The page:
Famous People Born in Massachusetts
John F. Kennedy
Civil Rights Activist, U.S. President, U.S. Representative / 1917 - 1963
John F. Kennedy, the 35th U.S. president, negotiated the Nuclear Test-Ban Treaty and initiated the Alliance for Progress. He was assassinated in 1963.
Edgar Allan Poe
W.E.B. Du Bois
Educator, Civil Rights Activist, Journalist / 1868 - 1963
W.E.B. Du Bois was one of the most important African-American activists during the first half of the 20th century. He co-founded the NAACP and supported Pan-Africanism.
Susan B. Anthony
Civil Rights Activist, Women's Rights Activist, Editor, Publisher, Journalist / 1820 - 1906
Susan B. Anthony was a suffragist, abolitionist, author and speaker who was the president of the National American Woman Suffrage Association.
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profile name: John F. Kennedy profile occupation: Civil Rights Activist, U.S. President, U.S. Representative
profile id: 9443160
profile name: Edgar Allan Poe profile occupation: Writer
profile id: 9279924
profile name: W.E.B. Du Bois profile occupation: Educator, Civil Rights Activist, Journalist
profile id: 9301234
profile name: Benjamin Franklin profile occupation: Inventor, Political Leader, Scientist, Writer
profile id: 194905
profile name: Susan B. Anthony profile occupation: Civil Rights Activist, Women's Rights Activist, Editor, Publisher, Journalist
profile id: 9479638
profile name: Dr. Seuss profile occupation: Illustrator, Author
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The British all-female pop group the Spice Girls dominated the music charts in the 1990s with their catchy lyrics and fierce attitudes. The group began with five, young aspiring performers, and blew up into a '90s frenzy of platform shoes, choreographed dance numbers, and of course, "Girl Power." Under the personas of "Sporty," "Baby," "Scary," "Ginger" and "Posh," the five superstars sold 65 million records worldwide, making them the best-selling girl group of all time. To this day, their fan base still proves strong, as they reunited in 2007 for a sold out tour, the first since 1999. Explore this collection for full biographies, photos and videos, of the five girls who make up this iconic group.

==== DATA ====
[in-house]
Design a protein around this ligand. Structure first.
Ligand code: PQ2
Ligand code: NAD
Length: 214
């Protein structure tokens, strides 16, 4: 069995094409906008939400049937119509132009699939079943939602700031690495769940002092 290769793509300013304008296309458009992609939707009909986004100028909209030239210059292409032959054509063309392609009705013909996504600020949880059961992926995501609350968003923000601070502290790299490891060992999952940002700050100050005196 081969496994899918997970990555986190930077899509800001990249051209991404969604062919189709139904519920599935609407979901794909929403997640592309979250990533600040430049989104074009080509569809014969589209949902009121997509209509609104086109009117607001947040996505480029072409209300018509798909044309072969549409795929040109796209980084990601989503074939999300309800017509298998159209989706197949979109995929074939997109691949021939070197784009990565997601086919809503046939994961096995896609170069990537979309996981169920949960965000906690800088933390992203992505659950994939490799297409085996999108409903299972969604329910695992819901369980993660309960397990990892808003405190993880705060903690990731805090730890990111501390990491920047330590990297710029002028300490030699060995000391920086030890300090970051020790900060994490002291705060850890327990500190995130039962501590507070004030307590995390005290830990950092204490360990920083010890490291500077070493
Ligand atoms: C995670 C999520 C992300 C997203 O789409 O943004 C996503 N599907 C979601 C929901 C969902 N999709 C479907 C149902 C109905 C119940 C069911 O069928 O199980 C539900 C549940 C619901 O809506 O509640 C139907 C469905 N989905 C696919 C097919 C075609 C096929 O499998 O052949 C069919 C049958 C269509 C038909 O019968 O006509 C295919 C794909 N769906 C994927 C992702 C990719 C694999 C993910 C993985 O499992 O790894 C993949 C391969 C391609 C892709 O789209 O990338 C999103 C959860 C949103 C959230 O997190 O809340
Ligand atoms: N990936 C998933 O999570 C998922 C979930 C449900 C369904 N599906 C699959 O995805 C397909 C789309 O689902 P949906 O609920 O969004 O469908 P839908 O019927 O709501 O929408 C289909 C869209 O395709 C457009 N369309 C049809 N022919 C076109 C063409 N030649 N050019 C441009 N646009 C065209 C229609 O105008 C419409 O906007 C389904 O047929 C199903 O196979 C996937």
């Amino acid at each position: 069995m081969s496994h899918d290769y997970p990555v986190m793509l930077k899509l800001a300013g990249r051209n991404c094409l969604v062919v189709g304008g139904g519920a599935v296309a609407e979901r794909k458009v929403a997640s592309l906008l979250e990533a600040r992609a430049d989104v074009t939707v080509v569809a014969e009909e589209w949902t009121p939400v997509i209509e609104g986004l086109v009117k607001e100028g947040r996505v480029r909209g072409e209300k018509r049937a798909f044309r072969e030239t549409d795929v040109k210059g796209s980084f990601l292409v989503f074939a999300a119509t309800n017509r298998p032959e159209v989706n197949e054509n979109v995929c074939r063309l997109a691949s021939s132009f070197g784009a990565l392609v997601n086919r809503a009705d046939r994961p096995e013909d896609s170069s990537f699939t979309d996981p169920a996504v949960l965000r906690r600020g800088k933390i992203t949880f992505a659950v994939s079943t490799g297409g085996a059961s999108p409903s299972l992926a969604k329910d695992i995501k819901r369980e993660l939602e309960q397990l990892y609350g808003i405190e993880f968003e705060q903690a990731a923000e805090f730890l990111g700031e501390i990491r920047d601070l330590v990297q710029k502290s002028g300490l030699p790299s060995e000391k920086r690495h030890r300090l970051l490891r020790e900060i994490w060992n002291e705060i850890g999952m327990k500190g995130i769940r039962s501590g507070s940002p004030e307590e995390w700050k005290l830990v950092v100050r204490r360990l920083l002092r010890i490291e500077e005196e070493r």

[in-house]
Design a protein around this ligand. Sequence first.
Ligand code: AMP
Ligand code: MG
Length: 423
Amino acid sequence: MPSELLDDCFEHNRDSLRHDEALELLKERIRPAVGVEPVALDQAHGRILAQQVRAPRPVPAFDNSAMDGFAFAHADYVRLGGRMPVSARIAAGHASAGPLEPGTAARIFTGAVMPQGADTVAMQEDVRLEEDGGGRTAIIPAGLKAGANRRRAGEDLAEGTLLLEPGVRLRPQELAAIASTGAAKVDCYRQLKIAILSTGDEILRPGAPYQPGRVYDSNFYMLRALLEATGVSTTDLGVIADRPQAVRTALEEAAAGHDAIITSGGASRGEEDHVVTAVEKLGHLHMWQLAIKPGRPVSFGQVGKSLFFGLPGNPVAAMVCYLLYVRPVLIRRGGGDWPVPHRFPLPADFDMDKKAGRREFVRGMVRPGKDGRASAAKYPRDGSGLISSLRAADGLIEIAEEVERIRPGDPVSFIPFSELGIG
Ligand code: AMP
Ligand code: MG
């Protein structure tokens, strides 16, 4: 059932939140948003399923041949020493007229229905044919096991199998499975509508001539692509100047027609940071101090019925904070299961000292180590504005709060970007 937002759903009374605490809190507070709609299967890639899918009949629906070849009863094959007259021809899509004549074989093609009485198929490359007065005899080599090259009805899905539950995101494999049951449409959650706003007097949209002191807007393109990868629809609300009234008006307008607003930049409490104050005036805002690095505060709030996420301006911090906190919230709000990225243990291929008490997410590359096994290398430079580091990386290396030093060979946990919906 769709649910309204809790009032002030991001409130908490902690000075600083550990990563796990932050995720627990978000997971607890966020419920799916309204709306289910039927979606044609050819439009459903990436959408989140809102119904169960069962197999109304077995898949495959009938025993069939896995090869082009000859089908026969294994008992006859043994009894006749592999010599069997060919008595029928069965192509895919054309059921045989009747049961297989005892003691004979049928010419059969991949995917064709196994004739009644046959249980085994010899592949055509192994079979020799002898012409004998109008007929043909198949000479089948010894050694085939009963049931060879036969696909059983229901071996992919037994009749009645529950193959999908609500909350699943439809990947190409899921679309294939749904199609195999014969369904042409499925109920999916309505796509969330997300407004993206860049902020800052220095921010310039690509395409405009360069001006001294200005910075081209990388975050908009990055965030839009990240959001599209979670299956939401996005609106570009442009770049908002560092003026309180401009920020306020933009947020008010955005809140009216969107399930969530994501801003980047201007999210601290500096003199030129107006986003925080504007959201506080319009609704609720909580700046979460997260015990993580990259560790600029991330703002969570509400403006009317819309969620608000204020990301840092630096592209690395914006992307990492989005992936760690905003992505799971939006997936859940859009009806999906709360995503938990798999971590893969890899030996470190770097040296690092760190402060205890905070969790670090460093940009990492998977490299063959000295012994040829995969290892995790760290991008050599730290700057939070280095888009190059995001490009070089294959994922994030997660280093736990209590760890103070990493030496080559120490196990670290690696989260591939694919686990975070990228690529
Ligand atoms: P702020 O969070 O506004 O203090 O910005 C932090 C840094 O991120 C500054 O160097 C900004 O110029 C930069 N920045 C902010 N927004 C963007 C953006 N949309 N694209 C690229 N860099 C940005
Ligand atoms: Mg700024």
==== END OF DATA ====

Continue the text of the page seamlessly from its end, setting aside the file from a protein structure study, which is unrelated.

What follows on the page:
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They were radical, rebellious, experimental…and had a way with words. Starting in the 1950s, the Beat Generation rose to prominence in America, inspiring a culture of nonconformity and social revolution. Allen Ginsberg and Jack Kerouac were some of the more famous faces synonymous to the group, as was William S. Burroughs. Their musings—both "beat up" and "beatific"—left highly influential marks in literature, music, film and ecology.
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